By all rights, the 1946 homecoming drama The Best Years of Our Lives (Warner, Blu-ray) should have been another well intentioned film left to the dated dustbins of history, but World War II vet William Wyler (working from an original Robert Sherwood script) put more soul into this picture than anything else in his career. Clocking in close to three hours, the characters creep up on you: stiff Dana Andrews whose displaced working class joe can’t seem to find himself again, moral authority Fredric March as a family man and frustrated bank manager, and Harold Russell, a real life paraplegic war survivor as a kid dealing with the emotional and physical challenges of life without arms. They come from different services (Army, Navy, Air Force), different ranks, and different home life situations (upper class husband and father, middle class family son, working class newlywed adult), covering a lot of bases of experience. All they have in common is the same hometown and the same ride home. They get to know one another in the nose of a transport plane as they hop their way across the country. It’s enough to give them a camaraderie and a connection that even their loved ones back home can’t fill.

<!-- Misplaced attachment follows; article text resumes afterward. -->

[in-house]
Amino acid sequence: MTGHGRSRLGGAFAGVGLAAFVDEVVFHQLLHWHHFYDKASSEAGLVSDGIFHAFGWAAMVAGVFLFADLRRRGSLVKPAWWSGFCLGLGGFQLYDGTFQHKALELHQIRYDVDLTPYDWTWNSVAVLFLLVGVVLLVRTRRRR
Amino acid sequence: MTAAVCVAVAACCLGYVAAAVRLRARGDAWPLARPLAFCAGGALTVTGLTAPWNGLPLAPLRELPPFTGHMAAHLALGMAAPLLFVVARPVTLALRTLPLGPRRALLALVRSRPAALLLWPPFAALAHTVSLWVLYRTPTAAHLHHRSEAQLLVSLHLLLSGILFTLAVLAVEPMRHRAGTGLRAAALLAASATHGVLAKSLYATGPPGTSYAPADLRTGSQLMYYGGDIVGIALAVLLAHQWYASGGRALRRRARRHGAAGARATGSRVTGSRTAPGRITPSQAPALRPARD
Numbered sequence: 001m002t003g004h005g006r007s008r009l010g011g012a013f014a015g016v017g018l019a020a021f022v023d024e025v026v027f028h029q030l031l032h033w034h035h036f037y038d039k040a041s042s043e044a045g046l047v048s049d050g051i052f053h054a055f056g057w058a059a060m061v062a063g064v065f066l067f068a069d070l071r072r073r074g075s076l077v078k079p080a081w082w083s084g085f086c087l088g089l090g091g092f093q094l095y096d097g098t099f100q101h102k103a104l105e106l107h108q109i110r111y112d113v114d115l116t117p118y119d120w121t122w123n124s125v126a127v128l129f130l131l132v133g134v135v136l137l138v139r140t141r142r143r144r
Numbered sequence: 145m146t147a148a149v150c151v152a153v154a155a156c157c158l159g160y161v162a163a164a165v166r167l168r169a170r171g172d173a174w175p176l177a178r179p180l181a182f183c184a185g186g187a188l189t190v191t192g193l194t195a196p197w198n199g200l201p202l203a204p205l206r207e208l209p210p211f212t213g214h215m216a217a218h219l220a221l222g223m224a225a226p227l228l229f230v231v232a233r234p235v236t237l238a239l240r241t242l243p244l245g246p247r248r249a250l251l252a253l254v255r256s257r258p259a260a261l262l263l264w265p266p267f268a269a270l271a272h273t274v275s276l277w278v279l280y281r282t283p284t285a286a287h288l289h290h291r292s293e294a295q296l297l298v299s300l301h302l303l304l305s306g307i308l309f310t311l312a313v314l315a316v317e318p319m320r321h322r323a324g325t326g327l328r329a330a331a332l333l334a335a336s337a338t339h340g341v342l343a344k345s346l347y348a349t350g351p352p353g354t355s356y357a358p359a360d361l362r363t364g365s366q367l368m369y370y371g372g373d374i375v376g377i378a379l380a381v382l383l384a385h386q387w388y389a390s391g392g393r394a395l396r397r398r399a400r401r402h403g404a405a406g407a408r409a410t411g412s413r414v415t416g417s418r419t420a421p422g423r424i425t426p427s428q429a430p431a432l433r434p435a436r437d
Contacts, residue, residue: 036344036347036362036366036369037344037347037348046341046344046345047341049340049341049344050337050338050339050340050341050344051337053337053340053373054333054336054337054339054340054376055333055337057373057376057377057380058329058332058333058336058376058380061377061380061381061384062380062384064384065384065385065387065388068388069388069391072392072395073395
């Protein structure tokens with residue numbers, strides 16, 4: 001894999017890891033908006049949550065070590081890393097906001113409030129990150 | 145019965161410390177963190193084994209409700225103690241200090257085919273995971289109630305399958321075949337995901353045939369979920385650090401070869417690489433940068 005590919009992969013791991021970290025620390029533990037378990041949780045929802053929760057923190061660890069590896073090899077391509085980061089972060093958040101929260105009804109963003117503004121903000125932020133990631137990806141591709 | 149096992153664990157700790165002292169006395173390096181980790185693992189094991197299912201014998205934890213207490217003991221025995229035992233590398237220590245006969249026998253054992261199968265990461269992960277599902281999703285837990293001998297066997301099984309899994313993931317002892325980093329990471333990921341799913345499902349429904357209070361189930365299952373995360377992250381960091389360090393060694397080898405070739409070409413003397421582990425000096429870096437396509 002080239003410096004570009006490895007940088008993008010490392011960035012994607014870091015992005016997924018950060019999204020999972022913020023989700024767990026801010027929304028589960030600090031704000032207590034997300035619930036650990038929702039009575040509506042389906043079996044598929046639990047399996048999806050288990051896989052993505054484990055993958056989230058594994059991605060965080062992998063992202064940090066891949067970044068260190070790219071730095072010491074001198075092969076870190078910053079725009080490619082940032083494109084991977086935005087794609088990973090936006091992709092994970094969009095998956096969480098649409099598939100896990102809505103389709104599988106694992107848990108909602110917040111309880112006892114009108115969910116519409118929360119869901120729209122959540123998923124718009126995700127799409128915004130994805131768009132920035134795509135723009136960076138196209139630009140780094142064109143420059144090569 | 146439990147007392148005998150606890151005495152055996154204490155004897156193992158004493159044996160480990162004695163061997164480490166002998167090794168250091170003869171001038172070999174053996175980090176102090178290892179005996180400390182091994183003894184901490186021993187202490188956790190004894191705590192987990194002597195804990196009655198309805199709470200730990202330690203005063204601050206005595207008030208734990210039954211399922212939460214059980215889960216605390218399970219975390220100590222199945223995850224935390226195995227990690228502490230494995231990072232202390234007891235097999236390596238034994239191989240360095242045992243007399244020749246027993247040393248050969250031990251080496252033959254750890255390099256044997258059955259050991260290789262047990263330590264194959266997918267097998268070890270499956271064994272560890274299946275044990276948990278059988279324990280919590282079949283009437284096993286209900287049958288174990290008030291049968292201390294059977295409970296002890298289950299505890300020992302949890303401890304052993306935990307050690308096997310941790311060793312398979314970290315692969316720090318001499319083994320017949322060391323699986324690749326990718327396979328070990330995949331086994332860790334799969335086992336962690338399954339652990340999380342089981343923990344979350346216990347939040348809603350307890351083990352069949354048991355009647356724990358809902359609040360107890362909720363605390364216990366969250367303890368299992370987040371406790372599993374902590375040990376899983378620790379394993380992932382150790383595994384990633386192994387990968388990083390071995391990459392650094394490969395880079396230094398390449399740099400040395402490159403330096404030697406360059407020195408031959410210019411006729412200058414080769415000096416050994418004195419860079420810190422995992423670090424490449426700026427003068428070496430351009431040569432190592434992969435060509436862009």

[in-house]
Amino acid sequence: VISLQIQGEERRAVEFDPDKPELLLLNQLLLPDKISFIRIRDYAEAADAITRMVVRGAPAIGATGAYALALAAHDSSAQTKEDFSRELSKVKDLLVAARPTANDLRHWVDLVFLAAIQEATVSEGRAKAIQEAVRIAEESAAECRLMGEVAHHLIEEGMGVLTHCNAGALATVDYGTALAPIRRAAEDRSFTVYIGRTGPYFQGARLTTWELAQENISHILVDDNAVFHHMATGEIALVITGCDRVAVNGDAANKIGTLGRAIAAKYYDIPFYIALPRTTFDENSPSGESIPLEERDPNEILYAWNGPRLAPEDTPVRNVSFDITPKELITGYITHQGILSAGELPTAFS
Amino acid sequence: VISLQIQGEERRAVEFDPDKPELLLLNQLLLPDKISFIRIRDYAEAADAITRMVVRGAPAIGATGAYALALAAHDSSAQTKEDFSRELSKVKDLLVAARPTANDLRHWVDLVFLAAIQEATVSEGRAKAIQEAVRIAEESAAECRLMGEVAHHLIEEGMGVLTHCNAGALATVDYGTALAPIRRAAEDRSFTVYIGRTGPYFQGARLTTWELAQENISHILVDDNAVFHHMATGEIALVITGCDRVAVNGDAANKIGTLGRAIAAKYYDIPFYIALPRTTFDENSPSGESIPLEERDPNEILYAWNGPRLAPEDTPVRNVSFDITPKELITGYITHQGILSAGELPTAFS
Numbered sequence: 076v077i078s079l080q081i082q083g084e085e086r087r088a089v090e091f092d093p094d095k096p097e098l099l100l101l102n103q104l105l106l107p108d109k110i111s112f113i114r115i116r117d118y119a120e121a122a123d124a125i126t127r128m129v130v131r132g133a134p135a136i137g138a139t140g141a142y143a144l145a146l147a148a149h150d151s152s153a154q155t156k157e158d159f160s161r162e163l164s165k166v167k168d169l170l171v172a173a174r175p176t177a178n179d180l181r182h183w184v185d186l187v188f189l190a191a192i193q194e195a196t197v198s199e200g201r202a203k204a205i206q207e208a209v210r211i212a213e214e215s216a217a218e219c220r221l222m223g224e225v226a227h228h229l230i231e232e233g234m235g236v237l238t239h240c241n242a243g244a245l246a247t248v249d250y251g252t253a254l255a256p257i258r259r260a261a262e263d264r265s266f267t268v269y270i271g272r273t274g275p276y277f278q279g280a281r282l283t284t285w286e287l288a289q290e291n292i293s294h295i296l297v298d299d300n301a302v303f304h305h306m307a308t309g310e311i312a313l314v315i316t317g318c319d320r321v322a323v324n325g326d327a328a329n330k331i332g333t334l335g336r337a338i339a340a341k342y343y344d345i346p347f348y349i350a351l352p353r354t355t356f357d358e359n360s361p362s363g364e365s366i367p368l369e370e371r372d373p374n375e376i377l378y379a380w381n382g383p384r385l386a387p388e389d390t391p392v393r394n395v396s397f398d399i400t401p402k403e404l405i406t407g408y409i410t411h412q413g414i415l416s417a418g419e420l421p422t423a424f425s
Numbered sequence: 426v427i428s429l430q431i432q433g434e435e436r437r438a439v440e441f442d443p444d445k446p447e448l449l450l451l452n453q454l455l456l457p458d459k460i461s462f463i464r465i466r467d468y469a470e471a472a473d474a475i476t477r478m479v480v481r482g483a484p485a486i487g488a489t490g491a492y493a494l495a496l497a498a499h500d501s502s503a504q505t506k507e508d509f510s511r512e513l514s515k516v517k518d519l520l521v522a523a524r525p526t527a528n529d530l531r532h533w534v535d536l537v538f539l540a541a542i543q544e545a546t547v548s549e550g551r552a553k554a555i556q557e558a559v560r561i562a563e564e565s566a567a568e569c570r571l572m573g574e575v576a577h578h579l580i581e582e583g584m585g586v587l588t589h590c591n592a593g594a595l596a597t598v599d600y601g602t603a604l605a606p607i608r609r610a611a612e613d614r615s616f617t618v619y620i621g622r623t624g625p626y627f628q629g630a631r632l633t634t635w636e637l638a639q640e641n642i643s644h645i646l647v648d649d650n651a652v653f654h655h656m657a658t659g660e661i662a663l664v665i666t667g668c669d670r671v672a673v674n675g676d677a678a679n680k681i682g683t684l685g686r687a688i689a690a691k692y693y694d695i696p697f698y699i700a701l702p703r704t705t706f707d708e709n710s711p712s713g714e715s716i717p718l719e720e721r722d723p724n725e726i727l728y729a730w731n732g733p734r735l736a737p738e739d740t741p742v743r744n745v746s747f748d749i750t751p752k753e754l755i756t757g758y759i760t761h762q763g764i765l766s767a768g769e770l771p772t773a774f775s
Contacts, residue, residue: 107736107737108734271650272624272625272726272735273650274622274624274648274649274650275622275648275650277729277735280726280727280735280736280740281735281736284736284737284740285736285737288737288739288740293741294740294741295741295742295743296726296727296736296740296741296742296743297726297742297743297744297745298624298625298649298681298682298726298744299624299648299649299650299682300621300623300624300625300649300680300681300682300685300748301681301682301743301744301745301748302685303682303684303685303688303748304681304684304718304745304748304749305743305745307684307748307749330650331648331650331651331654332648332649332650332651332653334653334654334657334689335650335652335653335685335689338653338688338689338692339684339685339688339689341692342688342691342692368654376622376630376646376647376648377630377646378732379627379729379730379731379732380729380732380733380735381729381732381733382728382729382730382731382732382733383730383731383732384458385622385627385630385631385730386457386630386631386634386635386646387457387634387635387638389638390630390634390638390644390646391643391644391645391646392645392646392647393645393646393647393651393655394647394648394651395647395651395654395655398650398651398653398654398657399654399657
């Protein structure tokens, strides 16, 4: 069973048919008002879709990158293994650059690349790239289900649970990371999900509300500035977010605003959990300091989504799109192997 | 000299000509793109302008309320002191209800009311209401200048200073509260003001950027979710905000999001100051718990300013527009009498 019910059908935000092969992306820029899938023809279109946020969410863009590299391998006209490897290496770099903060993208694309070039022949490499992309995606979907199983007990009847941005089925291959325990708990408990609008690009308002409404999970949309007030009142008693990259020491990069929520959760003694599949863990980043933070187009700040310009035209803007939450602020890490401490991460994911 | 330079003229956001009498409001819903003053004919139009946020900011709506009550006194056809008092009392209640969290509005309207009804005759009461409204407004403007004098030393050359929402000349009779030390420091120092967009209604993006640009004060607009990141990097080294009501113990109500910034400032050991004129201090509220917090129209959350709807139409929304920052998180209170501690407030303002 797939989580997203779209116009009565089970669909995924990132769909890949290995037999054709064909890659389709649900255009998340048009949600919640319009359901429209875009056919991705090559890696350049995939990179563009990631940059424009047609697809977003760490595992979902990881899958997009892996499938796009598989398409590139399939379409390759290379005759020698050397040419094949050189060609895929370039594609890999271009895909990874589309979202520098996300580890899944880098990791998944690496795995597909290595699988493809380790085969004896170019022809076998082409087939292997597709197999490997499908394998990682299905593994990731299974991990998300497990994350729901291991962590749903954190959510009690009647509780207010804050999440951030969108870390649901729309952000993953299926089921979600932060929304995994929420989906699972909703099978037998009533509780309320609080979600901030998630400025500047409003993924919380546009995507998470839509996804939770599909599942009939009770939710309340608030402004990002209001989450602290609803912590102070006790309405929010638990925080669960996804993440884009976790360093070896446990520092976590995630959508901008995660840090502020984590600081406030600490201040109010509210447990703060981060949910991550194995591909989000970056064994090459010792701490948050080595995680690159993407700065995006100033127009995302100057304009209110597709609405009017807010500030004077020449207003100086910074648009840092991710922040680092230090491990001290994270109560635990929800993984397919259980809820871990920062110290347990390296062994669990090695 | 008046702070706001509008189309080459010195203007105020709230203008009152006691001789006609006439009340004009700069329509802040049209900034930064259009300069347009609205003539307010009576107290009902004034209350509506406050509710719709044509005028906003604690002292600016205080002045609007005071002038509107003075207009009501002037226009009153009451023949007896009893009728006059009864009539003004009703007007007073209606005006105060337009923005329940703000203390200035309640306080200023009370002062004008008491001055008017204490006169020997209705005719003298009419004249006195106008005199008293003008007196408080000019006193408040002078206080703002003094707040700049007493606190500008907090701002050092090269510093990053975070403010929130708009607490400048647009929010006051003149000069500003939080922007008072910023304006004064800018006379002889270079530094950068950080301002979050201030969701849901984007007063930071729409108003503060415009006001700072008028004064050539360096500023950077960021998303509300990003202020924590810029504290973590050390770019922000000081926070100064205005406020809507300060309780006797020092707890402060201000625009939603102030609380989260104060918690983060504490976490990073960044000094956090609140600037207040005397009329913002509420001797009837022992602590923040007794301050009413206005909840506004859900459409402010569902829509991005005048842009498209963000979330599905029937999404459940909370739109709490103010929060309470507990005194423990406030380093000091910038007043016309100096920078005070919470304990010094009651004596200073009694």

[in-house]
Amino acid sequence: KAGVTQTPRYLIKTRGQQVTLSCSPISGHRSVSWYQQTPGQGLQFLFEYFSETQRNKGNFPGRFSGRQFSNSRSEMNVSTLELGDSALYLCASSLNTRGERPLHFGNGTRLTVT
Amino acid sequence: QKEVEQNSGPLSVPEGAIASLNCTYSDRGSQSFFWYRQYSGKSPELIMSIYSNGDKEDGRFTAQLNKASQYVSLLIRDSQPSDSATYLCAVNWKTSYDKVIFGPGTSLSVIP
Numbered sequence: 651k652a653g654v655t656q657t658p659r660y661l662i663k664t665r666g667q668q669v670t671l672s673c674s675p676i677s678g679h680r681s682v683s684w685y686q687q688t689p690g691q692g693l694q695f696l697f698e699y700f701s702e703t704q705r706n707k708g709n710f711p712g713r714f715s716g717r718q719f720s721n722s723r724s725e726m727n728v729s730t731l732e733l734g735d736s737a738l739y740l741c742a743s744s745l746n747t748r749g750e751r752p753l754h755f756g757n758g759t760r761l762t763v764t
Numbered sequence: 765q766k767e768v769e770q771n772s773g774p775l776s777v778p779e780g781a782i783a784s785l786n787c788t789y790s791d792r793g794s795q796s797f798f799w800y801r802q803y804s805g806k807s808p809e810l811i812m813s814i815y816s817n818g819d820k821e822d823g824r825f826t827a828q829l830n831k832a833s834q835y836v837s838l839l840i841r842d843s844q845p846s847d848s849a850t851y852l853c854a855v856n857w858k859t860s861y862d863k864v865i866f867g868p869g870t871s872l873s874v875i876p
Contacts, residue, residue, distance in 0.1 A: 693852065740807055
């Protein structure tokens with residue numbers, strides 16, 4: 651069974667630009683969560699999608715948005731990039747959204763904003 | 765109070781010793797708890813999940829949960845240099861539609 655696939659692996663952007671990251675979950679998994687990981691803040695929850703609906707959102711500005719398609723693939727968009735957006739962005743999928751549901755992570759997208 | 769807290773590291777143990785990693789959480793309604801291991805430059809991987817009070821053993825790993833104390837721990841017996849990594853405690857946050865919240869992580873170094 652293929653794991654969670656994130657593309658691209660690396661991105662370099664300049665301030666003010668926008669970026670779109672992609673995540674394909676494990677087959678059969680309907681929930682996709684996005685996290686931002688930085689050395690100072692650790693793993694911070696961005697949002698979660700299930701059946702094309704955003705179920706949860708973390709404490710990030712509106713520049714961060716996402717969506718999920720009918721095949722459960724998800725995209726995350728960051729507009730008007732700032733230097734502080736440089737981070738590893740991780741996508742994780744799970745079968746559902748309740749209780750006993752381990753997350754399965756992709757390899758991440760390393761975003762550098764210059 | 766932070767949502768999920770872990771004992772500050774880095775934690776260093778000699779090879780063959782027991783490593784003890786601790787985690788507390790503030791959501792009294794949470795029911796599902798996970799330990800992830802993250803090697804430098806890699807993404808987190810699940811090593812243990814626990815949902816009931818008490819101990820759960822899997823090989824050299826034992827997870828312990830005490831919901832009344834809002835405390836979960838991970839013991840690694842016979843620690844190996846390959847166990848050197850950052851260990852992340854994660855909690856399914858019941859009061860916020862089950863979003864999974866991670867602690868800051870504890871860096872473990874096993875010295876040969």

It’s easy to see the script designed as a “statement” about the experience of the returning veteran and the state of the nation after the end of the war, and there is something sturdy and square about the film, but it fits the subject matter and the gravity of the film. Wyler takes his time to let the characters out slowly, feeling their way back into lives they don’t quite fit into anymore. March won an Oscar for his witty portrayal of a man whose values have been knocked off-balance by the war. Though he’s the least scarred by the war, he’s the first to lubricate his discomfort at social gatherings, getting drunk to avoid facing serious emotional situations or distasteful business obligations. It’s not like he’s an alcoholic (or at least Wyler isn’t quite making that case) but it’s also not as cute as Nick and Nora at cocktail time. He’s getting drunk to escape in a way his buddies do not. And Russell won two Academy Awards for his debut as the easy-going, self-effacing vet who uses humor to deflect pity before it gets spoken but can’t help but feel like he’s come back less a man than he was – the only performer to ever win two Oscars for a single performance. But it’s Andrews who gets the everyman part, the confident American guy who made officer and commanded men under fire yet comes home to find nothing but the same dead-end service job waiting for him. He doesn’t want much, just a chance, and even that seems out of reach in the town the passed him by.